Taking Action When Living with an Alcoholic
Be kind to yourself. The fact that you’re still here, pondering how to help, means you can play a positive role in someone’s recovery. There are steps you can take to mitigate the impact on yourself and any children in the household, and others may require you to be courageous and seek professional assistance.
Prioritize Your Needs
When living with an alcoholic, your well-being often takes a back seat. Recognize that their drinking problem is affecting you and take steps to prioritize your health and care needs. By maintaining mental and physical strength, especially when children are involved, you will be better equipped to cope on the darkest days.
Open Communication and Offer Support
Engaging in empathetic communication can be challenging when you deeply care for someone but are struggling to like them. It’s essential to remember that alcoholism is a disease, not a personal vendetta. Encourage the individual to open up and discuss the reasons behind their drinking. Offer to join them in sobriety or show support in ways that demonstrate your care.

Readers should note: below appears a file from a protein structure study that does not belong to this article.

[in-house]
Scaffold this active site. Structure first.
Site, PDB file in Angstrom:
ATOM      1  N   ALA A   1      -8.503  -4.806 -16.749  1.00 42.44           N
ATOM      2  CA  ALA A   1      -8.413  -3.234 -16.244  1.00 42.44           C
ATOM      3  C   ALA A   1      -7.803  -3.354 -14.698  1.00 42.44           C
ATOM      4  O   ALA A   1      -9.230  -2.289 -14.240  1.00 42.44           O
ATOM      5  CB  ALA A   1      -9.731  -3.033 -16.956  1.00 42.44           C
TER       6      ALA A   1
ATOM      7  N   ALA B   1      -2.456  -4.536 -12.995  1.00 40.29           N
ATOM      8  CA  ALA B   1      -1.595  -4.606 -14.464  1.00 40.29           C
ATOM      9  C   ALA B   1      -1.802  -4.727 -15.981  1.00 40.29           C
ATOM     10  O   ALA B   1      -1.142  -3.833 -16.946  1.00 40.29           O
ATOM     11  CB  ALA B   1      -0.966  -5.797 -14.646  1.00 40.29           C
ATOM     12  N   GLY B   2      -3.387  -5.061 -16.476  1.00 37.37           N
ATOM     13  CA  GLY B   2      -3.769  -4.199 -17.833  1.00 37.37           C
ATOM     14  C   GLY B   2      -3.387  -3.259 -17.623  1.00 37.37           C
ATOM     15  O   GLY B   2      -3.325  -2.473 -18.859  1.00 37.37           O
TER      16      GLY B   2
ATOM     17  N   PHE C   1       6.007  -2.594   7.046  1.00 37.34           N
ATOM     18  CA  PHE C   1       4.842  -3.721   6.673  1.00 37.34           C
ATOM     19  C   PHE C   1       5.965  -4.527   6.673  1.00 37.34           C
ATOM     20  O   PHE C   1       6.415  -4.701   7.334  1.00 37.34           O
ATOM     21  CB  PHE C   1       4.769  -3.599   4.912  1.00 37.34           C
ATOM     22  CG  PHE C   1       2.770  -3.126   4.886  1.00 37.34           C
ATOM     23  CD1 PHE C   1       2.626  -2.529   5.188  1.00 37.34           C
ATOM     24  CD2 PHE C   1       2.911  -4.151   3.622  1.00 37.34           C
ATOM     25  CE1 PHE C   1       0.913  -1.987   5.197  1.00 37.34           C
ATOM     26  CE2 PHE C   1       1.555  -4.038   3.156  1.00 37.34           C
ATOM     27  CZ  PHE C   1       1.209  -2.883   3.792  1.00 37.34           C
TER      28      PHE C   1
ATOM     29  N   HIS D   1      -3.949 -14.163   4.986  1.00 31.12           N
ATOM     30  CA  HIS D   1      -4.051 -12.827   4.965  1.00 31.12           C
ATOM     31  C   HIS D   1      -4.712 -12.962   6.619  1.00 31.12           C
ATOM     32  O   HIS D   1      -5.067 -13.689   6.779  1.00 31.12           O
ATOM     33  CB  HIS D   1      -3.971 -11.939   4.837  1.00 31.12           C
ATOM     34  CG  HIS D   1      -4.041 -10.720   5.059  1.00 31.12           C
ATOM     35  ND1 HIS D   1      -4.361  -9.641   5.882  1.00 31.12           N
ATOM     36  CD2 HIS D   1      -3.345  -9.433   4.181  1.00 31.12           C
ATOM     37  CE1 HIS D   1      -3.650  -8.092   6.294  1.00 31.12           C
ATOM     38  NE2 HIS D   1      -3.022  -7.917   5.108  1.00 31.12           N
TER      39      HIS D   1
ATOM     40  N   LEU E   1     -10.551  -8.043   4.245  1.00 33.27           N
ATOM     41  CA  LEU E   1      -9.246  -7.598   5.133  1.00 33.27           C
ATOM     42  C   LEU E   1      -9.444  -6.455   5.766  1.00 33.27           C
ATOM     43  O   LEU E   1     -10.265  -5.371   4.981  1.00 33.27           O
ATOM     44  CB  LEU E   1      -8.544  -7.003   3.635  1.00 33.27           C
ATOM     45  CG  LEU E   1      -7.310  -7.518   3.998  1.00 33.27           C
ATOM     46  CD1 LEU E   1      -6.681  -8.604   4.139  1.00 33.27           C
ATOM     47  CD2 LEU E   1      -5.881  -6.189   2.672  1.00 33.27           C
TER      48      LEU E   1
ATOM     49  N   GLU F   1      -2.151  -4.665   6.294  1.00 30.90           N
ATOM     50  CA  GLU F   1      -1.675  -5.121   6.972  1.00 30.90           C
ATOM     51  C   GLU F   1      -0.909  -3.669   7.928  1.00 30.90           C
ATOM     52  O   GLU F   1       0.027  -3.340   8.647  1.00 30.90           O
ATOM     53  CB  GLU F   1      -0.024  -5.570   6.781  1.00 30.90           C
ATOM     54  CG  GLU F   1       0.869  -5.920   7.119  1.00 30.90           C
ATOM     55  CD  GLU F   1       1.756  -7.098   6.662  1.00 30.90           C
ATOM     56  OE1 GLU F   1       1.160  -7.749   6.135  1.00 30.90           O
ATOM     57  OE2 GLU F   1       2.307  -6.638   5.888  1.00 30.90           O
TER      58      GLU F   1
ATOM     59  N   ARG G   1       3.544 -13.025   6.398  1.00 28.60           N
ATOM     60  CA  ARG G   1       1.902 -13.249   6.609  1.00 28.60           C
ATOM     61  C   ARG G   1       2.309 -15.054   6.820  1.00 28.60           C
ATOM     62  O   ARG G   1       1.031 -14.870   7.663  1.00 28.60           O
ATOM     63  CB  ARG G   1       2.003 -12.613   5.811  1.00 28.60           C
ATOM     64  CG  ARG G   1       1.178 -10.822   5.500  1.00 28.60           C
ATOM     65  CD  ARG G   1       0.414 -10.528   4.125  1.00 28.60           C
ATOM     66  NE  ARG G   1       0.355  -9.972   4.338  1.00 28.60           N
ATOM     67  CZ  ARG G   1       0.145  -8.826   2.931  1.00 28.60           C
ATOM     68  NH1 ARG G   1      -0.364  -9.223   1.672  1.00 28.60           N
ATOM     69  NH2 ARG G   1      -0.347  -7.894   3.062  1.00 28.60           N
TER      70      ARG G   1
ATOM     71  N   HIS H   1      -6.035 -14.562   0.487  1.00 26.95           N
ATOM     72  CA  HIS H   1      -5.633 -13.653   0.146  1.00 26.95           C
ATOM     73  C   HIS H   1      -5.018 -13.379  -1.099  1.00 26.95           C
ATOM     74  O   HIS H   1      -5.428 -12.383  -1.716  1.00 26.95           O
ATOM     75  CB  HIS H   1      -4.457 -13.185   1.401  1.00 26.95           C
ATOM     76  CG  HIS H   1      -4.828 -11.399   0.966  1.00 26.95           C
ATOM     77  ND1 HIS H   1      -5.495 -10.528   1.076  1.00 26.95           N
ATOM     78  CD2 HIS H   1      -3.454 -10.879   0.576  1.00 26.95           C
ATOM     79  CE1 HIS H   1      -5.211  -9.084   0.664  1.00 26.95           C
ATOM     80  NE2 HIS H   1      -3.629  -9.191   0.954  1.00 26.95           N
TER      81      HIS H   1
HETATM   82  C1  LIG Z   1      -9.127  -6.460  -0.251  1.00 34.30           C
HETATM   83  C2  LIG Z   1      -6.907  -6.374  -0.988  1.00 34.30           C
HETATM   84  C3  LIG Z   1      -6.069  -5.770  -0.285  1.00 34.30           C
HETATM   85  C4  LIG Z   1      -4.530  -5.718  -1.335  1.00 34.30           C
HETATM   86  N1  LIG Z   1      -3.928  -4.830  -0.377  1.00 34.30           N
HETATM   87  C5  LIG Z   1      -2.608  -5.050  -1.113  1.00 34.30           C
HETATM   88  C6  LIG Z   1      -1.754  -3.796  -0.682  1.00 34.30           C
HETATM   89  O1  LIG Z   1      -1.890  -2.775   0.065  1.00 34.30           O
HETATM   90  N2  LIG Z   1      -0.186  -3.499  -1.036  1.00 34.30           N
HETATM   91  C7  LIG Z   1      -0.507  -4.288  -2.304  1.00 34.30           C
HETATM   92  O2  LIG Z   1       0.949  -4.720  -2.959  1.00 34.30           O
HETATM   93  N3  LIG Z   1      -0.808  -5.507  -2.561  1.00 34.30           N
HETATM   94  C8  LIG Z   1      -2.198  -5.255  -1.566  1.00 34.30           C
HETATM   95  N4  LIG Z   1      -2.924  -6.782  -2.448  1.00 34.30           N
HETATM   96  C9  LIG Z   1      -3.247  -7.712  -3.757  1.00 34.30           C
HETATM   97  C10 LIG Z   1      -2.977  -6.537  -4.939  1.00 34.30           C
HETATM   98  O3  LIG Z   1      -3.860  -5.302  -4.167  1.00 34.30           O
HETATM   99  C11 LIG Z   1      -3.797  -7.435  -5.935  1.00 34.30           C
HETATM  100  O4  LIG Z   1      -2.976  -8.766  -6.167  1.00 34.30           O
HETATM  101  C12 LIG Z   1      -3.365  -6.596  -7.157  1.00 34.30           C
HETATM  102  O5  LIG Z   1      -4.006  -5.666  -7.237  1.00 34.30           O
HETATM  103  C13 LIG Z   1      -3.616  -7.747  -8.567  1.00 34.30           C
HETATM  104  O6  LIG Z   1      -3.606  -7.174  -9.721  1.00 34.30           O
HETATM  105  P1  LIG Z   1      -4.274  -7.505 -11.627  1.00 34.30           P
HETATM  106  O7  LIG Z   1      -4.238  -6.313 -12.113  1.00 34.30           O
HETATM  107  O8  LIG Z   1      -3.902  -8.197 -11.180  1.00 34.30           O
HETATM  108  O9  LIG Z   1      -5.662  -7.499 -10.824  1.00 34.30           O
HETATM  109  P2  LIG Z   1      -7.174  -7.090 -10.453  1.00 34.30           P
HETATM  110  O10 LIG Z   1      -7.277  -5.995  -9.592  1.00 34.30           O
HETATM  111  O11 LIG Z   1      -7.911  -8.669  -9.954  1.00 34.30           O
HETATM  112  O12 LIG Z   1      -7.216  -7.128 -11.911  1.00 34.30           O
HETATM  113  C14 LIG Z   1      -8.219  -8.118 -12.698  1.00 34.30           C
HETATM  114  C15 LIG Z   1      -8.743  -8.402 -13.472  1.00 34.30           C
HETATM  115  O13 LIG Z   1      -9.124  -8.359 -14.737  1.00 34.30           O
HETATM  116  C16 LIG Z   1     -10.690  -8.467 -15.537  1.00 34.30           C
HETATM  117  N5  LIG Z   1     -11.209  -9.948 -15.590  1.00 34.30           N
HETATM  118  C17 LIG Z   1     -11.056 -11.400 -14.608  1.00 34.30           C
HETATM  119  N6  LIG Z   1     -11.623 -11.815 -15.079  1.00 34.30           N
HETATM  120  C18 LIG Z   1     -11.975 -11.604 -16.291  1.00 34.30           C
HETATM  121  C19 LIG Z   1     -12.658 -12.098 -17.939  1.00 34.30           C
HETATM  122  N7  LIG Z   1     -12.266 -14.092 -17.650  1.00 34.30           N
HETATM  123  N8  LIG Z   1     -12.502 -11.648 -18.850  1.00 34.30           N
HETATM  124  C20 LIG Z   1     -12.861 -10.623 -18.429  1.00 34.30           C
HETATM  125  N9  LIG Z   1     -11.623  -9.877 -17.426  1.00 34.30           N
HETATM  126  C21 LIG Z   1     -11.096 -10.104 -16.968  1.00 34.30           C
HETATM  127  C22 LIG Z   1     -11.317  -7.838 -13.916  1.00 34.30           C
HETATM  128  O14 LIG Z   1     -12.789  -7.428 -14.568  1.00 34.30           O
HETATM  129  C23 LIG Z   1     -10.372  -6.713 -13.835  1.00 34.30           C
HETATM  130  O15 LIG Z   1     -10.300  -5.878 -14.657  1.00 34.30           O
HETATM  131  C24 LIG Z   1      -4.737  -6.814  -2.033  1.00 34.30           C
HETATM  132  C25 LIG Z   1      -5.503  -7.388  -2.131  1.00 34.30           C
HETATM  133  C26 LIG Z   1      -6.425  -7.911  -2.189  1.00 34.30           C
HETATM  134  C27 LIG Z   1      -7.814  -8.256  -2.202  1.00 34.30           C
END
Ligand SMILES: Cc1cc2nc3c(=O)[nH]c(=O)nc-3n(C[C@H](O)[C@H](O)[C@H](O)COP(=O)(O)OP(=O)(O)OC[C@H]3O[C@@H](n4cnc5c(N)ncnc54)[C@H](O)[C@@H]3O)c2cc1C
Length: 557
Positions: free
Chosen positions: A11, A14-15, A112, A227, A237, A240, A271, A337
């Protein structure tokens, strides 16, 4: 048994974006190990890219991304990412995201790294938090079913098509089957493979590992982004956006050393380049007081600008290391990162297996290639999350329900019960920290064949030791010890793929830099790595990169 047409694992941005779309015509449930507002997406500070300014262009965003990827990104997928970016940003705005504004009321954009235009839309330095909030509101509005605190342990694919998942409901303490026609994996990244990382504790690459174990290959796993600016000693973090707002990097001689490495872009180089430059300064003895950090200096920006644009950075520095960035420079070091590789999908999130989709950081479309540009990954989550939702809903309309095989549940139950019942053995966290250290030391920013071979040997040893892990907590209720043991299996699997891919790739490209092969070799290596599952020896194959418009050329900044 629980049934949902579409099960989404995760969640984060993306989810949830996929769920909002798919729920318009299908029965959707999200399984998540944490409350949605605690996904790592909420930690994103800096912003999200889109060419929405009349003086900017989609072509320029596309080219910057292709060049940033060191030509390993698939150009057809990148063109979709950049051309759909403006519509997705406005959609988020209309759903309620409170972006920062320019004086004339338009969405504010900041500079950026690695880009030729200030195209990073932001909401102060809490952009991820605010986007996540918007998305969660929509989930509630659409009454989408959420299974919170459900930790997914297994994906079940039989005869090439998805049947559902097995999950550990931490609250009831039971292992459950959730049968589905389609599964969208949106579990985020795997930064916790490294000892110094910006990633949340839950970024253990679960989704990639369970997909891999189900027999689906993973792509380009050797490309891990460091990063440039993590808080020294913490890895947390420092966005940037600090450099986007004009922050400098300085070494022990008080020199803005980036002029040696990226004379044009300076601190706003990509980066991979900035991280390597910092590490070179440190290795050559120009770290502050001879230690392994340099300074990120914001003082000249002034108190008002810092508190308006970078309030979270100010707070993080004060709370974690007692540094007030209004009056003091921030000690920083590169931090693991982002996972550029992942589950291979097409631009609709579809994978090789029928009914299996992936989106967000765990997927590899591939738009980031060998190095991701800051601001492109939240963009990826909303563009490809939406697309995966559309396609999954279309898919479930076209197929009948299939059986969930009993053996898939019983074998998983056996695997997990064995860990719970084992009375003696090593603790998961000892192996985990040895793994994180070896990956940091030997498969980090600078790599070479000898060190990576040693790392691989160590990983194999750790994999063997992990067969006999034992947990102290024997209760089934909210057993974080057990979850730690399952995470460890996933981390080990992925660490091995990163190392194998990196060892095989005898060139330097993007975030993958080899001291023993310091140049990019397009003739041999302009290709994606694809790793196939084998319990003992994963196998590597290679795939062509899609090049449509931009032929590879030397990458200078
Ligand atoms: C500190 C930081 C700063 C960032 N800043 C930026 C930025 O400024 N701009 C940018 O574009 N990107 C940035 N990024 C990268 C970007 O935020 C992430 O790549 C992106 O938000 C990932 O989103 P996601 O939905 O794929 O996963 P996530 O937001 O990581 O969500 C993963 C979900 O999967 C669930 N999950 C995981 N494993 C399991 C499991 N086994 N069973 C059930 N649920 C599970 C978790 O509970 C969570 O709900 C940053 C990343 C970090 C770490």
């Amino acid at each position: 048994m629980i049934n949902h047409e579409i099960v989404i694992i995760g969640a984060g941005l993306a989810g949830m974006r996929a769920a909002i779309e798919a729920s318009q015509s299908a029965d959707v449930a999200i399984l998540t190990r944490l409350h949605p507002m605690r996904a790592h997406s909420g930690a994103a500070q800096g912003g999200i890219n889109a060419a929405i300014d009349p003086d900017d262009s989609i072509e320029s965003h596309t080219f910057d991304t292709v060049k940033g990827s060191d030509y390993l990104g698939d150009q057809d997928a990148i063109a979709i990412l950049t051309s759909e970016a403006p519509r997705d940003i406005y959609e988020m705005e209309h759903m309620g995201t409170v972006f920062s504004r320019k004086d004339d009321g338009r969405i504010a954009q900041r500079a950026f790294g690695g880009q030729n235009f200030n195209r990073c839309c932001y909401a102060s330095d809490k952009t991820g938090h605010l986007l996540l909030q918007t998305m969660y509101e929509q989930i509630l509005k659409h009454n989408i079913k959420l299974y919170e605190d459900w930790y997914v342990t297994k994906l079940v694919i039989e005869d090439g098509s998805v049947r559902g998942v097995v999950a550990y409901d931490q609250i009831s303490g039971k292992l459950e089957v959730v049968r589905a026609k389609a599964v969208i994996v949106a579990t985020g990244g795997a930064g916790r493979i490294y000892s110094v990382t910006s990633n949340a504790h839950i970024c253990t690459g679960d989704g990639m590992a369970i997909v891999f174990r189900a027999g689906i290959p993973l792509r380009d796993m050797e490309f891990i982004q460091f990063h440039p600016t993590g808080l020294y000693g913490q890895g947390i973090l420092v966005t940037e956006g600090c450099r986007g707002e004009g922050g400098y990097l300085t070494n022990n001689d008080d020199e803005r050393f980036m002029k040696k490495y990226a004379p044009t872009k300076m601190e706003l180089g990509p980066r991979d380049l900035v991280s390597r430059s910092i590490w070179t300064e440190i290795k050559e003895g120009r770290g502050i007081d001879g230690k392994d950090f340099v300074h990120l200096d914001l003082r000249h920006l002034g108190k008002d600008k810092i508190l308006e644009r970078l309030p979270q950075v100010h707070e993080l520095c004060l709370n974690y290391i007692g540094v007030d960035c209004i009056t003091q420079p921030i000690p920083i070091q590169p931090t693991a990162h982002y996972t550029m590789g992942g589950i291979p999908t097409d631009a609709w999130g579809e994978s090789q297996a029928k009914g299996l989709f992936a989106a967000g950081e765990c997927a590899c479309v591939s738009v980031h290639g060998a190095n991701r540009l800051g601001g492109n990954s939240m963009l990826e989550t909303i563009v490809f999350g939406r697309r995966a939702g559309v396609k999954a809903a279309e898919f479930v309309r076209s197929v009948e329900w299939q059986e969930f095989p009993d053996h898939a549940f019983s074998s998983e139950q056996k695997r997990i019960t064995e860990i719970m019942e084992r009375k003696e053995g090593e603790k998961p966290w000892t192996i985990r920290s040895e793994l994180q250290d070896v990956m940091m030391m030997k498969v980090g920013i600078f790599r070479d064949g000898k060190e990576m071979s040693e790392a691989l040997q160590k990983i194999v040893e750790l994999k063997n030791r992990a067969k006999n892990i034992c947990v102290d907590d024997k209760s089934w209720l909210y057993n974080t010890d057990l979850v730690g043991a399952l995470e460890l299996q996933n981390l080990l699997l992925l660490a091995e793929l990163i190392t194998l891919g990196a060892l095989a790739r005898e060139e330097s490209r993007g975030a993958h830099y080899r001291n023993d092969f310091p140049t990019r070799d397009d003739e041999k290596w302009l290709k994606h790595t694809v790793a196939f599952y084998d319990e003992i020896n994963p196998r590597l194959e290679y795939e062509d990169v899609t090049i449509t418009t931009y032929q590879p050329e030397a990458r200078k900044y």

Plan Alcohol-Free Activities
South Africa, like many places, has a well-established drinking culture that can be challenging to escape. Many social events and interactions revolve around alcohol consumption. While it’s difficult to avoid entirely, you can start by removing alcohol from your home. Additionally, try to steer clear of scenarios that actively encourage drinking. It’s always best to communicate your intentions with your loved one, rather than attempting to deceive them into alcohol-free situations, as this can exacerbate the situation.
Consider an Intervention
Interventions are most effective when a group of family members or friends unites in a common goal: helping the individual become sober. Approach your loved one individually and as a group, making sure not to intimidate them. If they are in denial and resisting treatment, but you’ve reached a breaking point, it may be time to seek professional addiction intervention services.
Remember, living with an alcoholic is a challenging journey, and it’s essential